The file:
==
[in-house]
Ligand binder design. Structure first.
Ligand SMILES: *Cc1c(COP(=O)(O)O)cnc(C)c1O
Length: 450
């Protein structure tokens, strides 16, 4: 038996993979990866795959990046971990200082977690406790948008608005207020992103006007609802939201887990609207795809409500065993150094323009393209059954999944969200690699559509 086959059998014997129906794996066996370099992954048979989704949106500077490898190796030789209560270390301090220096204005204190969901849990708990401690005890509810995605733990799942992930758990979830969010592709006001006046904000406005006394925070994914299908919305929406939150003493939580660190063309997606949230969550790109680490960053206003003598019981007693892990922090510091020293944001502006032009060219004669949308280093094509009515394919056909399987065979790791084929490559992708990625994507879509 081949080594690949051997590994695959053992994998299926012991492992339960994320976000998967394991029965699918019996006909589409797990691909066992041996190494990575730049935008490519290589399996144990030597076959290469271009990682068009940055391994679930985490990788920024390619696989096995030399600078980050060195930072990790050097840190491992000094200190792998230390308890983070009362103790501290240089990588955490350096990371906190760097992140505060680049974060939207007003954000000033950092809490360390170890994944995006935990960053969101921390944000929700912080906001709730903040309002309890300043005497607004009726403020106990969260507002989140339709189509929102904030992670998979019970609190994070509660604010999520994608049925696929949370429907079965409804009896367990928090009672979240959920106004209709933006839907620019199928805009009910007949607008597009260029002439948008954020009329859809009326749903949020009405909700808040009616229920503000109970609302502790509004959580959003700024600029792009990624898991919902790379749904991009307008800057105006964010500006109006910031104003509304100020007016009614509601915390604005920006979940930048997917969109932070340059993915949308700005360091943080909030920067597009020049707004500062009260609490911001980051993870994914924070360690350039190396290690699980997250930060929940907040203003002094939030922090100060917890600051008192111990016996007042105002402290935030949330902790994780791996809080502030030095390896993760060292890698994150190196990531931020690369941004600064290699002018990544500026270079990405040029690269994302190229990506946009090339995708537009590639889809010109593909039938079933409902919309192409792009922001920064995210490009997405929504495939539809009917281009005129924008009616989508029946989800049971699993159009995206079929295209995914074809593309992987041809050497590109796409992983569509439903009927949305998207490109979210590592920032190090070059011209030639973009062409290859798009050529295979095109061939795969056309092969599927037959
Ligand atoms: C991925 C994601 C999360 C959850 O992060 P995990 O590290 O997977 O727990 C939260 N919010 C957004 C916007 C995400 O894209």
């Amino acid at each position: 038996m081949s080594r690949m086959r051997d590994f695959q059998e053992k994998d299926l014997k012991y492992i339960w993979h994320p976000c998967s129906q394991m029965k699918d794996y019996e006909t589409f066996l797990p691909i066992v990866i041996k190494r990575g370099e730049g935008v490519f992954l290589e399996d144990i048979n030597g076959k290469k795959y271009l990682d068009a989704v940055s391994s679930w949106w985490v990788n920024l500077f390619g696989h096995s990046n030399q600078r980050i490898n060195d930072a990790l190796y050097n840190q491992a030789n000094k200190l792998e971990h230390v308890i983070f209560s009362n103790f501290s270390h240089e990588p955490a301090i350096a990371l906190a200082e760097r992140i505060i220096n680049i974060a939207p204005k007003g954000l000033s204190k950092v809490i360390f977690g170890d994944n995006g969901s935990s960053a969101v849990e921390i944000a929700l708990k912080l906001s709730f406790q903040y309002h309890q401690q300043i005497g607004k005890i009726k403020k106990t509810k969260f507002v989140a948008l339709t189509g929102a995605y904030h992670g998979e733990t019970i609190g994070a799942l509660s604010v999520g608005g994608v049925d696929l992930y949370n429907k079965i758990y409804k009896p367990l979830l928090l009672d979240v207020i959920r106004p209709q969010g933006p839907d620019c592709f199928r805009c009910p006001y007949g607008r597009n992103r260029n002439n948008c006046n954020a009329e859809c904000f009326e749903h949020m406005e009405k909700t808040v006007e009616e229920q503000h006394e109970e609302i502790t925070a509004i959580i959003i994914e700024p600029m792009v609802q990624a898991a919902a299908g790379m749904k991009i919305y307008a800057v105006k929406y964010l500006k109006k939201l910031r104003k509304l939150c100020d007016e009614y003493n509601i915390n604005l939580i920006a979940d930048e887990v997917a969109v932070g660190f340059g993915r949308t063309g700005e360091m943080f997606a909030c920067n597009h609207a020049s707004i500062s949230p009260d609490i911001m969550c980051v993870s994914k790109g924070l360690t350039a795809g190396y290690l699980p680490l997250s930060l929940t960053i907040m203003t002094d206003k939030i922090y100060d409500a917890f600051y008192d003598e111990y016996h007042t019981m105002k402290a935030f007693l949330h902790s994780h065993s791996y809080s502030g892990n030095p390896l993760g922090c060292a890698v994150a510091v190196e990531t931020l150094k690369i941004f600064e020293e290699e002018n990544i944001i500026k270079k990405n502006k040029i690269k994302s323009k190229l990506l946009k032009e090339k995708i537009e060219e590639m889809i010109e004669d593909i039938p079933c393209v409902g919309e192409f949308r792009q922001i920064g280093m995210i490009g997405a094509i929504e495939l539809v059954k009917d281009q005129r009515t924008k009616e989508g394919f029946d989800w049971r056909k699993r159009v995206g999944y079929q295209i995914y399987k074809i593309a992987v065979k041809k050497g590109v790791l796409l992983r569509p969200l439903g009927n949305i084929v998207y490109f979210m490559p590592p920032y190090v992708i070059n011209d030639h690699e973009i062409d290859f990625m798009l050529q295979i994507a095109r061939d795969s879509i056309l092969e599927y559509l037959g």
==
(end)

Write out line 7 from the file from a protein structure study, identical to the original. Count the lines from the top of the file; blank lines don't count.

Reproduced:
């Amino acid at each position: 038996m081949s080594r690949m086959r051997d590994f695959q059998e053992k994998d299926l014997k012991y492992i339960w993979h994320p976000c998967s129906q394991m029965k699918d794996y019996e006909t589409f066996l797990p691909i066992v990866i041996k190494r990575g370099e730049g935008v490519f992954l290589e399996d144990i048979n030597g076959k290469k795959y271009l990682d068009a989704v940055s391994s679930w949106w985490v990788n920024l500077f390619g696989h096995s990046n030399q600078r980050i490898n060195d930072a990790l190796y050097n840190q491992a030789n000094k200190l792998e971990h230390v308890i983070f209560s009362n103790f501290s270390h240089e990588p955490a301090i350096a990371l906190a200082e760097r992140i505060i220096n680049i974060a939207p204005k007003g954000l000033s204190k950092v809490i360390f977690g170890d994944n995006g969901s935990s960053a969101v849990e921390i944000a929700l708990k912080l906001s709730f406790q903040y309002h309890q401690q300043i005497g607004k005890i009726k403020k106990t509810k969260f507002v989140a948008l339709t189509g929102a995605y904030h992670g998979e733990t019970i609190g994070a799942l509660s604010v999520g608005g994608v049925d696929l992930y949370n429907k079965i758990y409804k009896p367990l979830l928090l009672d979240v207020i959920r106004p209709q969010g933006p839907d620019c592709f199928r805009c009910p006001y007949g607008r597009n992103r260029n002439n948008c006046n954020a009329e859809c904000f009326e749903h949020m406005e009405k909700t808040v006007e009616e229920q503000h006394e109970e609302i502790t925070a509004i959580i959003i994914e700024p600029m792009v609802q990624a898991a919902a299908g790379m749904k991009i919305y307008a800057v105006k929406y964010l500006k109006k939201l910031r104003k509304l939150c100020d007016e009614y003493n509601i915390n604005l939580i920006a979940d930048e887990v997917a969109v932070g660190f340059g993915r949308t063309g700005e360091m943080f997606a909030c920067n597009h609207a020049s707004i500062s949230p009260d609490i911001m969550c980051v993870s994914k790109g924070l360690t350039a795809g190396y290690l699980p680490l997250s930060l929940t960053i907040m203003t002094d206003k939030i922090y100060d409500a917890f600051y008192d003598e111990y016996h007042t019981m105002k402290a935030f007693l949330h902790s994780h065993s791996y809080s502030g892990n030095p390896l993760g922090c060292a890698v994150a510091v190196e990531t931020l150094k690369i941004f600064e020293e290699e002018n990544i944001i500026k270079k990405n502006k040029i690269k994302s323009k190229l990506l946009k032009e090339k995708i537009e060219e590639m889809i010109e004669d593909i039938p079933c393209v409902g919309e192409f949308r792009q922001i920064g280093m995210i490009g997405a094509i929504e495939l539809v059954k009917d281009q005129r009515t924008k009616e989508g394919f029946d989800w049971r056909k699993r159009v995206g999944y079929q295209i995914y399987k074809i593309a992987v065979k041809k050497g590109v790791l796409l992983r569509p969200l439903g009927n949305i084929v998207y490109f979210m490559p590592p920032y190090v992708i070059n011209d030639h690699e973009i062409d290859f990625m798009l050529q295979i994507a095109r061939d795969s879509i056309l092969e599927y559509l037959g």